conducted themselves. I have already mentioned Lieutenant-Commander Perkins, of the Chickasaw, and Lieutenant Yates, of the Augusta, Acting-Volunteer-Lieutenant William Hamilton, late commanding officer of the Augusta Dinsmore, had been invalided by medical survey, but he eagerly offered his services on board the iron-clad Chickhe officers and men for their coolness and efficiency under fire, and their endurance while at quarters. I would mention in particular Acting-Volunteer-Lieutenant William Hamilton, the executive officer, who, when on his way home, condemned by medical survey, volunteered for this vessel. I owe much to him, his energy, in fitting Engineer, John Purdy; Pilot, Wm. H. Wroten; Acting-Gunner, Robert Sherman. [Note.--A more complete list cannot be obtained.] Chickasaw. Lieutenant-Commander, Geo. H. Perkins; Acting-Volunteer-Lieutenant, William Hamilton; Acting Master, E. D. Percy; Gunner, J. A. McDonald. [Note.--A more complete list cannot be obtained.]
Admiral David D. Porter, The Naval History of the Civil War., Chapter 53: operations of the West Gulf Squadron in the latter part of 1864, and in 1865.--joint operations in Mobile Bay by Rear-Admiral Thatcher and General Canby. (search)
nsigns, James Whitworth, Michael Murphy and John Morrisey, Jr.; Acting-Master's Mates, Wm. Edgar, H. C. Atter and J. L. Hall; Engineers: Acting-Chief, Simon Schultice; Acting-First-Assistant, James Munroe; Second-Assistant, John Wilson; Acting-Second-Assistant, Philip Allman; Acting-Third-Assistants, J. M. Quin, R. D. Wright, T. J. Myers, James Morris, S. W. Dalton, Jr., and John Donaldson. Chickasaw--Fourth-rate. Lieutenant-Commander, George H. Perkins; Acting-Volunteer Lieutenant, Wm. Hamilton; Acting-Assistant Surgeon, J. K. Bacon; Acting-Assistant Paymaster, E. S. Wheeler; Acting-Master and Pilot, Benj. Lancashier; Acting-Ensign, G. L. Jordan; Acting-Master's Mates, F. A. Case, M. F. Keeshan, Chas. Atkins, W. A. Osborn and M. J. Jones; Engineers: Acting-Chief, Wm. Rodgers; Acting-First-Assistant, E. P. Bartlett; Acting-Second-Assistant, J. M. Maratta; Acting-Third-Assistants, Alfred Wilkinson, A. H. Goff, George Harris, Henry Duckworth and Alexander Wiggins; Gunner, J. A. McD
mned by medical survey. The reports of the different commanders will show how they conducted themselves. I have already mentioned Lieutenant Commander Perkins of the Chickasaw, and Lieutenant Yates of the Augusta. Acting Volunteer Lieutenant William Hamilton, late commanding officer of the Augusta Dinsmore, had been invalided by medical survey, but he eagerly offered his services on board the iron-clad Chickasaw, having had much experience in our Monitors. Acting Volunteer Lieutenant P. G I advanced and shelled Fort Gaines. Too much praise cannot be given to all the officers and men for their coolness and efficiency under fire, and their endurance while at quarters. I would mention in particular, Acting Volunteer Lieutenant William Hamilton, the executive officer, who, when on his way home, condemned by medical survey, volunteered for this vessel. I owe much to him for his energy in fitting out the vessel, and for his gallantry and coolness during the fight. Acting Mast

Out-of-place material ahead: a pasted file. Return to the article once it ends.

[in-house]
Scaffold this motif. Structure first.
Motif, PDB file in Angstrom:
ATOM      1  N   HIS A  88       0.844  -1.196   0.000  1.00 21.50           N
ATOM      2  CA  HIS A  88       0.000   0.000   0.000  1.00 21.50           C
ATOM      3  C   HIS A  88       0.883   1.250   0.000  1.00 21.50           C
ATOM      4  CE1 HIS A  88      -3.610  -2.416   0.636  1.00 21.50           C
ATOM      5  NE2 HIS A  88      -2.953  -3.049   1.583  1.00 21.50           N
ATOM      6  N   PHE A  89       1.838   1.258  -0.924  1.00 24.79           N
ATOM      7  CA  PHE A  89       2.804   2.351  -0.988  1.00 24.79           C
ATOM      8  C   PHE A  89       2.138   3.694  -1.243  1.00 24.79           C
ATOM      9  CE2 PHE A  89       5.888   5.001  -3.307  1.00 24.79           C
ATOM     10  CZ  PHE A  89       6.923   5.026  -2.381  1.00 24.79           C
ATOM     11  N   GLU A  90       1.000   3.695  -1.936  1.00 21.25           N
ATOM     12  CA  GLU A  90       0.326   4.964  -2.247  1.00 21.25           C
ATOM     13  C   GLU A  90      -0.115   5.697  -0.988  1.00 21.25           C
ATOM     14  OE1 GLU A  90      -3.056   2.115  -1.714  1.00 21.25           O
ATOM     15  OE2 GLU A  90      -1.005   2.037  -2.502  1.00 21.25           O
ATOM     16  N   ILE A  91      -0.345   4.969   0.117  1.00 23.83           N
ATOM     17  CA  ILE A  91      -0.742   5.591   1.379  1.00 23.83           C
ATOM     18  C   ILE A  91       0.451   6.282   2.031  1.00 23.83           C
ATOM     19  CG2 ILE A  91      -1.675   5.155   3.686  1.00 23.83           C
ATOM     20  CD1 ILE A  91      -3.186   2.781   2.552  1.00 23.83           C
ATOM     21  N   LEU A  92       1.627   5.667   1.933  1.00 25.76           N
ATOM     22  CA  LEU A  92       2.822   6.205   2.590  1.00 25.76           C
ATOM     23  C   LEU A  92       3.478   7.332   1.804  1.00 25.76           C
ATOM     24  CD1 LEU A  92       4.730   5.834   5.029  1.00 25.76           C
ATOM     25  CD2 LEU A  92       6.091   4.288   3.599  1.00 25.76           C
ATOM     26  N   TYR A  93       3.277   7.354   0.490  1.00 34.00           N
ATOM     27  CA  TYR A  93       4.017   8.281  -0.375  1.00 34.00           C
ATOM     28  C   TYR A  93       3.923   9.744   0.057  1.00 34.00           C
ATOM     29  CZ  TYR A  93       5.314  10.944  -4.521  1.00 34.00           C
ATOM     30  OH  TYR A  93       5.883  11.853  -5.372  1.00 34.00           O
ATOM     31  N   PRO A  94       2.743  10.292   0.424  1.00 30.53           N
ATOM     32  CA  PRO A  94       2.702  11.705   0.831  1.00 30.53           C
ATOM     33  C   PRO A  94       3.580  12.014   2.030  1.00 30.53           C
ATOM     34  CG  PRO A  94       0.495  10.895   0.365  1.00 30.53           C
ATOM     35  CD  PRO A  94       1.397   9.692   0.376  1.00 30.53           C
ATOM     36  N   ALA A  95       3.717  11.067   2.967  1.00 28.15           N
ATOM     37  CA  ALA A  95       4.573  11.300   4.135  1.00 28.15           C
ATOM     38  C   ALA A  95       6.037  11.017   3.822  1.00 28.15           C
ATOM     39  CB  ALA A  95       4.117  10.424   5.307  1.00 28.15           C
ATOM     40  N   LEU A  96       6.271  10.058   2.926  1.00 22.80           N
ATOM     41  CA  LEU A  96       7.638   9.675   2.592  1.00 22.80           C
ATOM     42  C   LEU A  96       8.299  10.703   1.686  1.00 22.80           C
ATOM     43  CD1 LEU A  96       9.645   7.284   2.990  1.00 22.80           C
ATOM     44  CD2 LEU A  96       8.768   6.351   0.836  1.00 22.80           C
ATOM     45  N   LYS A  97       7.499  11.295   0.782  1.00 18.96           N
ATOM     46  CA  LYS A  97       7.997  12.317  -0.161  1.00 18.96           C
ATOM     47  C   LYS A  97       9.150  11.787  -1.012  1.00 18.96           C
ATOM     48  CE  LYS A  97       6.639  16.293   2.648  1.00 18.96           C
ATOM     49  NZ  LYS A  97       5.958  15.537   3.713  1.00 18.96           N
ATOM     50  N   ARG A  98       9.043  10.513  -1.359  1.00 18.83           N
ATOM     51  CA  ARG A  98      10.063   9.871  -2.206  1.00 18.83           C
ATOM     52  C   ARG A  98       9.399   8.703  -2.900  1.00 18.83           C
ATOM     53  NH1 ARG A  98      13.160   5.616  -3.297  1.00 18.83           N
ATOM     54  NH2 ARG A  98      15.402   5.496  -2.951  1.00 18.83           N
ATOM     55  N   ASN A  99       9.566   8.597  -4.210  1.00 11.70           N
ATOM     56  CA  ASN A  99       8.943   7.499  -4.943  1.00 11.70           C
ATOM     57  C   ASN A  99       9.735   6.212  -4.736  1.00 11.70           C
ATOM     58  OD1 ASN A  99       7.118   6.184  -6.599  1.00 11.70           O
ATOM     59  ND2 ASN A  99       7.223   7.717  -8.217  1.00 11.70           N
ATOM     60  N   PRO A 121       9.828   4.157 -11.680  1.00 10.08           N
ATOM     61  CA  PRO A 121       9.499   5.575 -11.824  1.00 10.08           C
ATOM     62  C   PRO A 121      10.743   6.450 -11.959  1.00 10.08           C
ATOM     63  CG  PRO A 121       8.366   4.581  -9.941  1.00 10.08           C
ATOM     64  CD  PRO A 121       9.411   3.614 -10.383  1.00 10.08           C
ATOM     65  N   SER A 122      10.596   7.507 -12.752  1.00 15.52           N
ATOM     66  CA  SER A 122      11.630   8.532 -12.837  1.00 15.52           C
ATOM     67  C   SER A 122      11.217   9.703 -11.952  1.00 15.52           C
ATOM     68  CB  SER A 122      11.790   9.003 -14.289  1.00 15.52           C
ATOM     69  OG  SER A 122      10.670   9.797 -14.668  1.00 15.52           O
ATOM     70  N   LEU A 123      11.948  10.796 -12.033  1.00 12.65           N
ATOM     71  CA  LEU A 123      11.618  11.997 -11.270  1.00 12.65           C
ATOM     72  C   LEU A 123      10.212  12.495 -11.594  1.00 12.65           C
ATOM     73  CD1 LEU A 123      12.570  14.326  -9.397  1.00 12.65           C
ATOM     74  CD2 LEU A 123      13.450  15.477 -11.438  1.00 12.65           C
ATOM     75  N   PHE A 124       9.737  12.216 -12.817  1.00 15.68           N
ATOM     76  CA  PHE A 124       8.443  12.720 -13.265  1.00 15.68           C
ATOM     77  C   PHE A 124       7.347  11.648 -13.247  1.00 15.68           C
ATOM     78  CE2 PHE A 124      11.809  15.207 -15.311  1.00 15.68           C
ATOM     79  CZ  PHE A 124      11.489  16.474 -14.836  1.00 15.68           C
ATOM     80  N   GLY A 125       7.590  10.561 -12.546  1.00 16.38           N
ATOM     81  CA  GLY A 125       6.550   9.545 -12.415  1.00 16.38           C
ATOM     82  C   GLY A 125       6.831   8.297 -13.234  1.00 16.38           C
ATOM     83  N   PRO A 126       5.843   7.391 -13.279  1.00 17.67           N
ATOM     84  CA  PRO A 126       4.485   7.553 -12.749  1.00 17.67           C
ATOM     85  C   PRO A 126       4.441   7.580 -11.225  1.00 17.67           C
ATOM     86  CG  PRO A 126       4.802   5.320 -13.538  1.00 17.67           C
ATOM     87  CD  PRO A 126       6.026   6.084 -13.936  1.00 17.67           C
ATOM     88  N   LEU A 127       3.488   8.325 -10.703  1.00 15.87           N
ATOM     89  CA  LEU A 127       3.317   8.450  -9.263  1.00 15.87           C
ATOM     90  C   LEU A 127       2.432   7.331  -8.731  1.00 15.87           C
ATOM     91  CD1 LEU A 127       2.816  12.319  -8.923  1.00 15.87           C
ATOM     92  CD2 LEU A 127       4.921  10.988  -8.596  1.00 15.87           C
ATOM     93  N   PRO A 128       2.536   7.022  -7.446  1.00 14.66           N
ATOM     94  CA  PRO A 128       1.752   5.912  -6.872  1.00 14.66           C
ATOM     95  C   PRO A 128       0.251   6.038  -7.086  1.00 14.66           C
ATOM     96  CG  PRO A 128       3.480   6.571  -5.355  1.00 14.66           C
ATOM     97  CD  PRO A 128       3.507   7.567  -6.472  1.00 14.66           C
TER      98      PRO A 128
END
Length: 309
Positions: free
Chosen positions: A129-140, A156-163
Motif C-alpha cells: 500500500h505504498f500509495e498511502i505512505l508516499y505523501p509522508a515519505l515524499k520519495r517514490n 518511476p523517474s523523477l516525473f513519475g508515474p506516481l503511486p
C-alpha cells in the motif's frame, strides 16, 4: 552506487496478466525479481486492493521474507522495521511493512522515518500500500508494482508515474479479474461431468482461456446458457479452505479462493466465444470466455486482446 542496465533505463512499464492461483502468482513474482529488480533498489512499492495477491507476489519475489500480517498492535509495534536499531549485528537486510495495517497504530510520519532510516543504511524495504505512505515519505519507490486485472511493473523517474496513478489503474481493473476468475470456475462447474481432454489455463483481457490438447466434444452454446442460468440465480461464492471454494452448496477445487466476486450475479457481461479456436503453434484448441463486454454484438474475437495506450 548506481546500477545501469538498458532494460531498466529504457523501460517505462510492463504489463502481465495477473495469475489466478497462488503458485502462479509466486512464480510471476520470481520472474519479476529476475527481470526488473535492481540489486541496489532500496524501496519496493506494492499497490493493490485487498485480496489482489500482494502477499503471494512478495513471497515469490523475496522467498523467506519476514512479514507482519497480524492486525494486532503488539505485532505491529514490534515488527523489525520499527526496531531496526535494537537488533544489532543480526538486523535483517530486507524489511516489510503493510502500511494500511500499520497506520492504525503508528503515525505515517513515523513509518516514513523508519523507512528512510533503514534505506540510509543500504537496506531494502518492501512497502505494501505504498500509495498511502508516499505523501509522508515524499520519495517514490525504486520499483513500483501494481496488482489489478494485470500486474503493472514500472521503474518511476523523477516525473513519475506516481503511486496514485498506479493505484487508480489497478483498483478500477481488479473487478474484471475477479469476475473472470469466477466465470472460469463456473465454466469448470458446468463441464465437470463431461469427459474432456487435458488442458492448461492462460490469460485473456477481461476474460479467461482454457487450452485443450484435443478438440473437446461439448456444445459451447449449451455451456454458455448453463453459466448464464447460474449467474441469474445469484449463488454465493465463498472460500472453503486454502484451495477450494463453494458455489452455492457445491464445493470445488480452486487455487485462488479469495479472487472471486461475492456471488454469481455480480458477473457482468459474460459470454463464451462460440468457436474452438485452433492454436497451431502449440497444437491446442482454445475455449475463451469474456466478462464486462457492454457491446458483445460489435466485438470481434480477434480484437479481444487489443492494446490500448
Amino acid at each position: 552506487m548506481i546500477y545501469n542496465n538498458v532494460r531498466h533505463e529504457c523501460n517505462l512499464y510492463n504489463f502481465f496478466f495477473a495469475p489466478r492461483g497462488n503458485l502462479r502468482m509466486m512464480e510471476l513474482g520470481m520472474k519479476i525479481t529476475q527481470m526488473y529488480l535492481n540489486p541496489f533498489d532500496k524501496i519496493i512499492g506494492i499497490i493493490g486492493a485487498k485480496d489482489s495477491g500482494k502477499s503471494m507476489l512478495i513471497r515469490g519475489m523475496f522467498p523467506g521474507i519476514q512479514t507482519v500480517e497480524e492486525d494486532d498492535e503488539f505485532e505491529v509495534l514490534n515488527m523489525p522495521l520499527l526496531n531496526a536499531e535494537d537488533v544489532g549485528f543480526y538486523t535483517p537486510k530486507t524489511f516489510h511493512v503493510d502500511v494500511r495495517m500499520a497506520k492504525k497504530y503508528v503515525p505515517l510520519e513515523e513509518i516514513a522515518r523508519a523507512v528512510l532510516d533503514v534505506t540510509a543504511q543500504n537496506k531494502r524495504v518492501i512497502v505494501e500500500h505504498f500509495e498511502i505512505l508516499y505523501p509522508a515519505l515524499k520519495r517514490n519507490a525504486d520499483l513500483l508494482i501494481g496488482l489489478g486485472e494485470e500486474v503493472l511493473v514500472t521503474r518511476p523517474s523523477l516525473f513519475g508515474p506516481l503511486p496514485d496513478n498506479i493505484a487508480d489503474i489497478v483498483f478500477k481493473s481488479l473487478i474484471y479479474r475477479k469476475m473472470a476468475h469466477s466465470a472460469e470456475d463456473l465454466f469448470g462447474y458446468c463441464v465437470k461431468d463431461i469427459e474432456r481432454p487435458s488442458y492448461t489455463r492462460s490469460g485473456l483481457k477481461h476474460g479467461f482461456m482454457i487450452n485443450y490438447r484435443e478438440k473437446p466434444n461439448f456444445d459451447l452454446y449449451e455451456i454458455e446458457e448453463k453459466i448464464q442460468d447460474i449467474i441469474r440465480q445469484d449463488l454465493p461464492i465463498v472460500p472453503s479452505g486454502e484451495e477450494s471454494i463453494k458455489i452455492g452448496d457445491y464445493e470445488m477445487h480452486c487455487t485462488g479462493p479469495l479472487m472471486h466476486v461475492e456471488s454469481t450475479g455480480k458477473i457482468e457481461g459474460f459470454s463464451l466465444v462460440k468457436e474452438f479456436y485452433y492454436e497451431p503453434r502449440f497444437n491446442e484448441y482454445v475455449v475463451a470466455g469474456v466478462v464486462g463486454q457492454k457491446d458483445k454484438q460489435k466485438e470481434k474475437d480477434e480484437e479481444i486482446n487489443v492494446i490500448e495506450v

nry, the cavalry and Elder's battery, and Captain Hamilton the artillery. As soon as possible, Metcn attempt to enfilade the enemy on his right, Hamilton moved forward four pieces; but before he got e up to his support. In twenty minutes time, Hamilton lost forty-four men, killed and wounded, and ably lose the day for us. The behavior of Captain Hamilton at this critical period of the battle is f to be an officer of no ordinary merit. Captain Hamilton kept his pieces at work until it was evidnto possession of the enemy. On the right of Hamilton, the Seventh Connecticut and the Seventh New-to us, and, of course, whipped us badly. Captain Hamilton is wounded in his left arm severely, and Stevens; and the artillery, consisting of Captain Hamilton's, Captain Langdon's, and Captain Elder'sies a better and more elevated position. Captain Hamilton, with battery M, Third United States artiso wounded in a short time. At this time Captain Hamilton's battery became endangered, and he cried[5 more...]
Waitt, Ernest Linden, History of the Nineteenth regiment, Massachusetts volunteer infantry , 1861-1865, Chapter 8: the siege of Yorktown. (search)
rried his piece of shelter tent. Six wagons only were allowed each regiment for officers' tents, baggage and the hospital and commissary stores. As the column took up its line of march, the cavalry and sharpshooters were sent in advance, to reconnoitre and to remove any obstructions of felled trees or broken bridges by which the enemy might have endeavored to retard their progress. The main body of the troops advanced by the direct route to Yorktown. General Morrill's Brigade and General Hamilton's Division of the Third Corps took a road which led to the right. The route traversed by both wings of the army led through the old fortifications of Big Bethel and over a fertile and very beautiful region, shaded with forests and embellished with the mansions of the wealthy planters. It was formerly the garden spot of Virginia, but the war had already spread its desolation over the once fair fields and they were now perfectly devastated. The farms were forsaken, and the little villa
Connor. Charles Cook. James Cooper. David G. Copp. Philip Carey. Duncan Crawford. Andrew Cronan. Francis W. Devine. William Dow. Stephen Doer. Edward Dillon. John F. Jordan. Co. C.Edward C. Doherty. Thomas A. Dow. Reuben B. Dow. James Eckelman. James Eldridge. John Fisher. John Farren. Winslow P. Eayers. Robert H. Eastman. Joseph Frey. George Riese. John Davis. William Barnes. Co. D.James Dunn. John W. Gallagher. Henry G. Fuller. Michael Hogan. Philip Hunt. William Hamilton. Charles Harris. Fred W. Hubner. Andrew P. Green. Michael Gahagin. Co. D.Frank Heill. Charles Ferguson. William Smith. Co. E.William Johnson, Corporal. Julius Rieser. James M. Harrison. Henry Hagedon. Michael Holligan. Alfred Horstman. Peter Kennedy. William B. Kelley. Rodney King. Michael Kenney. George Jones. Robert Slocum. Henry Urban. Co. F.Charles Lynch, Corporal. George Doherty. Jeremiah Lucius. John Larouche. James Lynch. Frank Lopez. William Marsha